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Ukrainian hackers used quizzes to access private Facebook data, Facebook says

The alleged hackers erroneously used a Facebook ( FB ) feature that helped them take control of users' browsers and gave them access to private Facebook user information and their private friends lists, Facebook is alleged in a trial filed in northern California on Friday. Preparation of Kiev, Ukraine, Andrey Gorbachov and Gleb Sluchevsky claimed that Facebook users thought they would connect their accounts to a series of online query devices with names such as "Do you have royal blood?" "You're yin. Who's your yang?" And "What kind of dog are you according to your zodiac sign?" When users joined their Facebook and other social media accounts, they were asked to install which Facebook described as "malicious browser add-ons" as essentially Facebook offers a range of services that allow users to use their Facebook accounts to log in to other services, including dating and music apps. The amount of information Facebook shares about their users with third-party apps that have come under intense scrutiny over the past 1 2 months. In March it emerged that a developer working on behalf of Cambridge Analytica, a controversial computer wax that continued to work for Donald Trump's 2016 presidential campaign, had collected data on tens of millions of US Facebook users without their explicit knowledge. The developer had used an online quiz app linked to Facebook for the data. The alleged Ukrainian operation was mainly directed at Russian and Ukrainian speakers, Sa Facebook. More than 60,000 browsers used by Facebook users were compromised,…

The alleged hackers erroneously used a Facebook ( FB ) feature that helped them take control of users’ browsers and gave them access to private Facebook user information and their private friends lists, Facebook is alleged in a trial filed in northern California on Friday.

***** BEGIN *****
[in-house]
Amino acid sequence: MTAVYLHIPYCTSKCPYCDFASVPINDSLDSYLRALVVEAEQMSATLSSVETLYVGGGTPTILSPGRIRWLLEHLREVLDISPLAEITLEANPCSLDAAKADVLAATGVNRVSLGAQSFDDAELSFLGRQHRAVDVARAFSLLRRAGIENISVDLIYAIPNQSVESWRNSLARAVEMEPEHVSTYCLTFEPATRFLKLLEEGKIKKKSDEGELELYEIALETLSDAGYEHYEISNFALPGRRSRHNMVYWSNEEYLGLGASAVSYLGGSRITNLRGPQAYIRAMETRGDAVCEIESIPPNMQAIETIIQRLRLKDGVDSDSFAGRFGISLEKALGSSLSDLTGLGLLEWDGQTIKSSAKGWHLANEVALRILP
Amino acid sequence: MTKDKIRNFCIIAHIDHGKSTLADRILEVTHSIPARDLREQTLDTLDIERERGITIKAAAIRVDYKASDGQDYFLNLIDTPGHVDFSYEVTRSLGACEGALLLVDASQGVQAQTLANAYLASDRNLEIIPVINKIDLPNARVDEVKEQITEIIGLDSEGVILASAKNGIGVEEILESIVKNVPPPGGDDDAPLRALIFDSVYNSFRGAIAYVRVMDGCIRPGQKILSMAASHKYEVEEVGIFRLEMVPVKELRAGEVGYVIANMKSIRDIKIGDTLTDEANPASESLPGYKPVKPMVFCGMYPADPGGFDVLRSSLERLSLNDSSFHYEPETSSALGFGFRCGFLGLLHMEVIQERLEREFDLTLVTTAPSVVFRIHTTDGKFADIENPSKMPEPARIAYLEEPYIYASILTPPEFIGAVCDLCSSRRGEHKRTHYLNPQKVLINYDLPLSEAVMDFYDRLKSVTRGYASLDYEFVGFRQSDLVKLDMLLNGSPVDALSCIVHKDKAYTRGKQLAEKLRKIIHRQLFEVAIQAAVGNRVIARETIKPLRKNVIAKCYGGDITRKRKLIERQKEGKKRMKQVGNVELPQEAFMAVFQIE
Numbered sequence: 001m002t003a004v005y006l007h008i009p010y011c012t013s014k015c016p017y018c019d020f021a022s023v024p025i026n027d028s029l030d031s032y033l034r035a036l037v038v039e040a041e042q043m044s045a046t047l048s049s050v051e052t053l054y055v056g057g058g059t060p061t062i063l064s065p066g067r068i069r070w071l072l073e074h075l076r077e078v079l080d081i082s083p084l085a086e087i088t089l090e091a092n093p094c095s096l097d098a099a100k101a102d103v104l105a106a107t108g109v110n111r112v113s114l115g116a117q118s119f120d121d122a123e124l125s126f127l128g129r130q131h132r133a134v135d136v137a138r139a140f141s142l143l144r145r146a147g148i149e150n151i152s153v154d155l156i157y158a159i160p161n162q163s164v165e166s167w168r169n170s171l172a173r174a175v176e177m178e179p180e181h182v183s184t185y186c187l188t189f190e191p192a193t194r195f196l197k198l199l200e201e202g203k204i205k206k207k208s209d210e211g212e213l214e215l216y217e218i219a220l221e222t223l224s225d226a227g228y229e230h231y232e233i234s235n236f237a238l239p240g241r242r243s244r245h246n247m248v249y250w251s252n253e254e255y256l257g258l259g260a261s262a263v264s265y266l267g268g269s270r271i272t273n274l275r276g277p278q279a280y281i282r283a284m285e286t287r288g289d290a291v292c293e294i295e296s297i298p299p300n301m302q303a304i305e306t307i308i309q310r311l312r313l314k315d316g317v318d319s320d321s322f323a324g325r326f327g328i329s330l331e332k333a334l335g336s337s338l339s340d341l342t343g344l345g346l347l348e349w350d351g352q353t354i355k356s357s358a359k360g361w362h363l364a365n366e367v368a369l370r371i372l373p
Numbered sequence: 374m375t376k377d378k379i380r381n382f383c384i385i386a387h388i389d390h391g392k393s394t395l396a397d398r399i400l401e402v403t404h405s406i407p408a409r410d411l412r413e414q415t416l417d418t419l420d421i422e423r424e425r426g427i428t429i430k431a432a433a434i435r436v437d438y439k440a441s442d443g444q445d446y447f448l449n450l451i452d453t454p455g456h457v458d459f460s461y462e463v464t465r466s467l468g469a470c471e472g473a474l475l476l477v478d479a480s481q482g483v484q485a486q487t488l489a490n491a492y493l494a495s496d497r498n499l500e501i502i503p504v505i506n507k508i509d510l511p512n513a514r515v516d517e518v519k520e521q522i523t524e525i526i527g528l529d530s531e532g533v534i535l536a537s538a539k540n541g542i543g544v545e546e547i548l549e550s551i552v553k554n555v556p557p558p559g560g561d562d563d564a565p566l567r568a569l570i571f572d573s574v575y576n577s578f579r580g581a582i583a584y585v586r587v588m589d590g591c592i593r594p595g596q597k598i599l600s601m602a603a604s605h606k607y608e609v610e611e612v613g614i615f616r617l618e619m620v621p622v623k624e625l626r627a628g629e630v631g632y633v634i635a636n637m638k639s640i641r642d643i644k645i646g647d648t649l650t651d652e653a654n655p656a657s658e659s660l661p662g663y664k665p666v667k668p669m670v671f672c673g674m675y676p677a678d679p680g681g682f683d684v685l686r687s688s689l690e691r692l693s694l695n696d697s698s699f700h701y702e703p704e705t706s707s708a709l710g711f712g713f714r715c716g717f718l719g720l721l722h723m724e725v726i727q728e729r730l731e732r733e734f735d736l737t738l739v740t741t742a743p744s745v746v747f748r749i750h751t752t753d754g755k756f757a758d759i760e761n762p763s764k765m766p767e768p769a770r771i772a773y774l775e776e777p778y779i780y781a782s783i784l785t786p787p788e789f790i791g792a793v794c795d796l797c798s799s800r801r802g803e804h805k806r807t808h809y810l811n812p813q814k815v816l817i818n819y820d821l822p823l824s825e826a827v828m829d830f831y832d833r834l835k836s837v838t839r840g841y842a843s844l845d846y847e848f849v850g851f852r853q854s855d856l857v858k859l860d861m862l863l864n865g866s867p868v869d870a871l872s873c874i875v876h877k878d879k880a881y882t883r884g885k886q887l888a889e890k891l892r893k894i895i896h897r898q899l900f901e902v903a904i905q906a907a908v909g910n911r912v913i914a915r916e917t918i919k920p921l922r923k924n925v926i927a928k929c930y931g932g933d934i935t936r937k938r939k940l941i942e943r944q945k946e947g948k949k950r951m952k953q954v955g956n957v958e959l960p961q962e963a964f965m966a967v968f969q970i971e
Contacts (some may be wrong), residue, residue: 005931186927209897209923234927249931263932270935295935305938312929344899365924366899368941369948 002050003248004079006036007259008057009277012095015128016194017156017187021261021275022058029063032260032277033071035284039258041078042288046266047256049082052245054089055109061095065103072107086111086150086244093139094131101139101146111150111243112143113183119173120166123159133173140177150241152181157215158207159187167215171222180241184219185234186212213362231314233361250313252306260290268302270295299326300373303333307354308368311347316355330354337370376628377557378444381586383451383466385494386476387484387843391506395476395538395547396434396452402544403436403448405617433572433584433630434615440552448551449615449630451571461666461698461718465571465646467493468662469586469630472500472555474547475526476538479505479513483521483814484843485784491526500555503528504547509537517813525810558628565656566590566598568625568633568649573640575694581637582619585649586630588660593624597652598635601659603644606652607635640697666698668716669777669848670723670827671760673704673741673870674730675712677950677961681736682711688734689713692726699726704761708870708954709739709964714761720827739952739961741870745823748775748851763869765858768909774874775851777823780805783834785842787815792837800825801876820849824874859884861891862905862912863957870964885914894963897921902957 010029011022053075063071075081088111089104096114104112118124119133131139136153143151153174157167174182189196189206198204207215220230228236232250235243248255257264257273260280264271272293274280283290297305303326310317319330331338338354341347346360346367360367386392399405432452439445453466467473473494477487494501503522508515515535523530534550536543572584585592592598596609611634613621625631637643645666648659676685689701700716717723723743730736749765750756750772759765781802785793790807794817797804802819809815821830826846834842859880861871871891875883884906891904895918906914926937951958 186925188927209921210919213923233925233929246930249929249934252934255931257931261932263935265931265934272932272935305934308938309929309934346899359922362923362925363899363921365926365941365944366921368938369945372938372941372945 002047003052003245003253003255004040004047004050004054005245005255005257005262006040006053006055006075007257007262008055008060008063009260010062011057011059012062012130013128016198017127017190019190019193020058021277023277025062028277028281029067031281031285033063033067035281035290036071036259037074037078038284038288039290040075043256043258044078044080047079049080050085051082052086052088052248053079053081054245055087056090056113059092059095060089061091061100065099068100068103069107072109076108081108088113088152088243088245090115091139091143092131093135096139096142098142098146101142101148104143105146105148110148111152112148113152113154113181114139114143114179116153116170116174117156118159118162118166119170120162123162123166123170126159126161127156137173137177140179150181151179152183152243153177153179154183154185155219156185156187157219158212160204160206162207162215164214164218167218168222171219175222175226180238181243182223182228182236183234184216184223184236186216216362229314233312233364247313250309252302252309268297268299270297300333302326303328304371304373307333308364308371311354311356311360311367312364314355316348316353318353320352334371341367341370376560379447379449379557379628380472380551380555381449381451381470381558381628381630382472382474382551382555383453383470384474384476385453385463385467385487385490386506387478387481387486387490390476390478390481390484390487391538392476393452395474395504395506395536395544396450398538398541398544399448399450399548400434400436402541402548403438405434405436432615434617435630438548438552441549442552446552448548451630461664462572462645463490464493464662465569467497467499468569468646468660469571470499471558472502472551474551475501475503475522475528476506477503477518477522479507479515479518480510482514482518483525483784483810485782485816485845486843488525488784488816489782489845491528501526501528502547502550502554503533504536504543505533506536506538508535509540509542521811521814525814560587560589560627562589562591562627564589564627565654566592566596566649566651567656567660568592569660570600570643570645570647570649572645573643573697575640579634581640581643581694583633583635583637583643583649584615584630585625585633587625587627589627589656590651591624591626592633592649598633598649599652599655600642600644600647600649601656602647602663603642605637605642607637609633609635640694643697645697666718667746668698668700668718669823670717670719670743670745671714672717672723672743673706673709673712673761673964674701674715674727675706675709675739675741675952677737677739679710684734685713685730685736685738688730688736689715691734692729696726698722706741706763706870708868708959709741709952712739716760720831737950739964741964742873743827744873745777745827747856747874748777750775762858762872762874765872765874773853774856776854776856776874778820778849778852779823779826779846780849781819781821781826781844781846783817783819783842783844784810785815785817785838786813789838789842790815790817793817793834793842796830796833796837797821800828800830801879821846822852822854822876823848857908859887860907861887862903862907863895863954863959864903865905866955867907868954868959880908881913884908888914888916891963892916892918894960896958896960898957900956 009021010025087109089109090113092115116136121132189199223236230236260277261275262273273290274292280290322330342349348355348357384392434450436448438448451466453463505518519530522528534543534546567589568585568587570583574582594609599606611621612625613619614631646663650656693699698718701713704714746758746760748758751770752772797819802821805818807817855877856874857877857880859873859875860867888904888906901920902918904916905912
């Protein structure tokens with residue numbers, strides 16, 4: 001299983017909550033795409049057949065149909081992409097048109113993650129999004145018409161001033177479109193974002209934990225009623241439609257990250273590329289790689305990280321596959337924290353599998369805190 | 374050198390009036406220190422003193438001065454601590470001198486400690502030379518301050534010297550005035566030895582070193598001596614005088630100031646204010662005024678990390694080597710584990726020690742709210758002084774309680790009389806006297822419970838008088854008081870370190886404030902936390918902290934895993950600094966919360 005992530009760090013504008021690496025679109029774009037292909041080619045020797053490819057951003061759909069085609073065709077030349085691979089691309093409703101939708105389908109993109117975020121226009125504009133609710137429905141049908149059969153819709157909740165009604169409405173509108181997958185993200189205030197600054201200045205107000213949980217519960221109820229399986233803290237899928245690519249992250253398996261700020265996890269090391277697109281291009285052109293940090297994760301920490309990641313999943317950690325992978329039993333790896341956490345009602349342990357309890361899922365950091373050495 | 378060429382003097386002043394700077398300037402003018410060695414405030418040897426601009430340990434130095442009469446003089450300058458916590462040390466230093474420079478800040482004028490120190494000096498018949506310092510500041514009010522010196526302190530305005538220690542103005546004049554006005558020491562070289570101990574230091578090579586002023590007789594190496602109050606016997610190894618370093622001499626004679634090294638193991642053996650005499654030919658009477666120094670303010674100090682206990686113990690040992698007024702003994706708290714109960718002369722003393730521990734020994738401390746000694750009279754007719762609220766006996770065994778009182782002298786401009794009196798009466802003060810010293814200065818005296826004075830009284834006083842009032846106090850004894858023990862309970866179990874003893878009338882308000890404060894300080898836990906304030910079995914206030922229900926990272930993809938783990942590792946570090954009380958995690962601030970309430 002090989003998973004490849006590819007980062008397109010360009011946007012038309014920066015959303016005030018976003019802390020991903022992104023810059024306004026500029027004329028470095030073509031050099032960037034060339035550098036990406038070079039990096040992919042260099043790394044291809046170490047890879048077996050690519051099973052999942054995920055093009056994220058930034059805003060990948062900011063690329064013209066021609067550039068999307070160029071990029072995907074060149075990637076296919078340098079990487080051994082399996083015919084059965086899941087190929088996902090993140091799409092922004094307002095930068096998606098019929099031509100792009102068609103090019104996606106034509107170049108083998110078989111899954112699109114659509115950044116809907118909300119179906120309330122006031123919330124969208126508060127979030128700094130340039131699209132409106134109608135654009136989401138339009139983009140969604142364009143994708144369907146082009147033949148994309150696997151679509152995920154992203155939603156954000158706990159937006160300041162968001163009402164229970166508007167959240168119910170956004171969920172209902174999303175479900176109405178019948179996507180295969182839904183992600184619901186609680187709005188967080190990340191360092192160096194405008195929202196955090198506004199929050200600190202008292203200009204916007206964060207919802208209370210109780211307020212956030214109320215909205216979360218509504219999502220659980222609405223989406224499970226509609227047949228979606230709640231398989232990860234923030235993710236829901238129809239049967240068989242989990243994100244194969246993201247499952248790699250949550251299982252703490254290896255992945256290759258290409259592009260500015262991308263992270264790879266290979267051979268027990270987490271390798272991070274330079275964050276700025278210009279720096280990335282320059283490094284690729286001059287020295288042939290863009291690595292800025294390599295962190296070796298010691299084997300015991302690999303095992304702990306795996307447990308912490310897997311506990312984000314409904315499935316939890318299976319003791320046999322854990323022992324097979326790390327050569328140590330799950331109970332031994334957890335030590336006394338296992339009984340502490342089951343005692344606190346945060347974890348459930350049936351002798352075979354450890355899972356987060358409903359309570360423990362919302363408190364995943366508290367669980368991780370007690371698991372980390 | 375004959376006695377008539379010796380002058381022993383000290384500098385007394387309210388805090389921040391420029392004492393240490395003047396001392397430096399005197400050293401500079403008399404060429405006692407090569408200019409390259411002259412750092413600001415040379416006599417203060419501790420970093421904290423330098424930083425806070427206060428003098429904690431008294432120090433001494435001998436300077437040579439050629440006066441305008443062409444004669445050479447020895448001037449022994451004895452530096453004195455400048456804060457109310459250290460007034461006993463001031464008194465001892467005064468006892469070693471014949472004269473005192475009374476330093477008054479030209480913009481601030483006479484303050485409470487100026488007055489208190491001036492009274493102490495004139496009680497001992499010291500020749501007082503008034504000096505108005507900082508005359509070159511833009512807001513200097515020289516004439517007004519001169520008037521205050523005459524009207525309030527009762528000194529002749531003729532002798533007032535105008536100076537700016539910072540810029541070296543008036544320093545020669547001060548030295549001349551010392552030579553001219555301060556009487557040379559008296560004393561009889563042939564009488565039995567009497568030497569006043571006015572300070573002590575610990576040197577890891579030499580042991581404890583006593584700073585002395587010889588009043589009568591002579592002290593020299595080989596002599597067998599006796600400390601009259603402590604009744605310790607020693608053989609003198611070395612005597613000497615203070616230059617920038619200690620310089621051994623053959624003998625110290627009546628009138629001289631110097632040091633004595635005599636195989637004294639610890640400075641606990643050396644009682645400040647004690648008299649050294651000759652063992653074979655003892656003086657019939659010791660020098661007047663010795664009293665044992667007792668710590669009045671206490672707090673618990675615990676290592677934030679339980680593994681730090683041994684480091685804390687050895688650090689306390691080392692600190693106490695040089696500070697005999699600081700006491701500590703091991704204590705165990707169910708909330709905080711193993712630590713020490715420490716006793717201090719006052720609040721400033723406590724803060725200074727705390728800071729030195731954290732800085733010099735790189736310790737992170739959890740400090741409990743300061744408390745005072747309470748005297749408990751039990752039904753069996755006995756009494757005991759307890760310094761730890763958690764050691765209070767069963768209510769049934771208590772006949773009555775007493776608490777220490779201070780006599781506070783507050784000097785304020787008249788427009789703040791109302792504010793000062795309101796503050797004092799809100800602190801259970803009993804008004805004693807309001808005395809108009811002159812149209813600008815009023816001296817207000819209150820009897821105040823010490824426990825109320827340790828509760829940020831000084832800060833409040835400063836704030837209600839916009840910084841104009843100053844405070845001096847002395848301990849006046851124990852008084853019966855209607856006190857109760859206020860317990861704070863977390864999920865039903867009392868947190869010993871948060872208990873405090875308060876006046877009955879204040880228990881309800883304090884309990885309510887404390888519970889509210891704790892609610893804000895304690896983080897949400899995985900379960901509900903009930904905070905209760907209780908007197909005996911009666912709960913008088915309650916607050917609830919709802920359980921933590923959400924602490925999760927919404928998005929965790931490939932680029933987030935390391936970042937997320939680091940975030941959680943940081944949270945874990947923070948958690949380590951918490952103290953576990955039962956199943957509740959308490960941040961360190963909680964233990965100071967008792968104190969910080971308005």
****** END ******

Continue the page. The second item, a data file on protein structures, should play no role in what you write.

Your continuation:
Preparation of Kiev, Ukraine, Andrey Gorbachov and Gleb Sluchevsky claimed that Facebook users thought they would connect their accounts to a series of online query devices with names such as “Do you have royal blood?” “You’re yin. Who’s your yang?” And “What kind of dog are you according to your zodiac sign?”

When users joined their Facebook and other social media accounts, they were asked to install which Facebook described as “malicious browser add-ons” as essentially

Facebook offers a range of services that allow users to use their Facebook accounts to log in to other services, including dating and music apps.

The amount of information Facebook shares about their users with third-party apps that have come under intense scrutiny over the past 1

2 months.

In March it emerged that a developer working on behalf of Cambridge Analytica, a controversial computer wax that continued to work for Donald Trump’s 2016 presidential campaign, had collected data on tens of millions of US Facebook users without their explicit knowledge. The developer had used an online quiz app linked to Facebook for the data.

 The alleged hackers used quizzes and surveys with titles such as

The alleged Ukrainian operation was mainly directed at Russian and Ukrainian speakers, Sa Facebook. More than 60,000 browsers used by Facebook users were compromised, it said.

“On Friday, Facebook filed a complaint against two developers based in Ukraine for violating our policies and other US laws by using malicious browser extensions designed to scrape Facebook and other social networks. By submitting the complaint, we hope to reinforce that this type of fraudulent activity is not tolerated on our services, and we will act vigorously to protect the integrity of the platform, says a company chairman.

Gorbachov and Sluchevsky worked for a company called Web Sun Group. CNN handed out to the group but has not received any comment.

The trial accuses the couple of fraud and breach of contract and seeks monetary damage and a punishment order against the alleged hackers and their co-workers.

The business was discovered in October 2018 and Facebook suspended the alleged hackers, which it said were operating under false names on the platform. The company also said it informed other companies, including browser makers, that respondents were using the alleged bluff.

The Daily Beast was the first to report the details of the public court applications on Friday.


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